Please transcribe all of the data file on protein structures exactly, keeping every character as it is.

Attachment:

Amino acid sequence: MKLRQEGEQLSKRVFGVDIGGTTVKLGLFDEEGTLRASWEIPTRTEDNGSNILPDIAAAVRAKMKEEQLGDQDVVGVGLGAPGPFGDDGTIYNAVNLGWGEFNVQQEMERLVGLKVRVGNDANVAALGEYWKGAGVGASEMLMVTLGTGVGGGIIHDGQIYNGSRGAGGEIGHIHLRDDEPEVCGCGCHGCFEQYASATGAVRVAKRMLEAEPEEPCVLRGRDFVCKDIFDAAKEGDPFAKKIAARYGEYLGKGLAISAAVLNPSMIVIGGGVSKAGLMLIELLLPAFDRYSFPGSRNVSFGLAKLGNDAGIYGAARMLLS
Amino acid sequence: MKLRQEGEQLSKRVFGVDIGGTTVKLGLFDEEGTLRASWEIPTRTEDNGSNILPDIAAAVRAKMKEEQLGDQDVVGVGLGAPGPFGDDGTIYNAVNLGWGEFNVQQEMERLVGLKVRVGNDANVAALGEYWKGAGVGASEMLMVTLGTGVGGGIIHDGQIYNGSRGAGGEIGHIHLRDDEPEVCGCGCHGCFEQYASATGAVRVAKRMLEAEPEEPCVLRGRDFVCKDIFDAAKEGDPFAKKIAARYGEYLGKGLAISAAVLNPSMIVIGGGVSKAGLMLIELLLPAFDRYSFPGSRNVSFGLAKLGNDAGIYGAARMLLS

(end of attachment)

Amino acid sequence: MKLRQEGEQLSKRVFGVDIGGTTVKLGLFDEEGTLRASWEIPTRTEDNGSNILPDIAAAVRAKMKEEQLGDQDVVGVGLGAPGPFGDDGTIYNAVNLGWGEFNVQQEMERLVGLKVRVGNDANVAALGEYWKGAGVGASEMLMVTLGTGVGGGIIHDGQIYNGSRGAGGEIGHIHLRDDEPEVCGCGCHGCFEQYASATGAVRVAKRMLEAEPEEPCVLRGRDFVCKDIFDAAKEGDPFAKKIAARYGEYLGKGLAISAAVLNPSMIVIGGGVSKAGLMLIELLLPAFDRYSFPGSRNVSFGLAKLGNDAGIYGAARMLLS
Amino acid sequence: MKLRQEGEQLSKRVFGVDIGGTTVKLGLFDEEGTLRASWEIPTRTEDNGSNILPDIAAAVRAKMKEEQLGDQDVVGVGLGAPGPFGDDGTIYNAVNLGWGEFNVQQEMERLVGLKVRVGNDANVAALGEYWKGAGVGASEMLMVTLGTGVGGGIIHDGQIYNGSRGAGGEIGHIHLRDDEPEVCGCGCHGCFEQYASATGAVRVAKRMLEAEPEEPCVLRGRDFVCKDIFDAAKEGDPFAKKIAARYGEYLGKGLAISAAVLNPSMIVIGGGVSKAGLMLIELLLPAFDRYSFPGSRNVSFGLAKLGNDAGIYGAARMLLS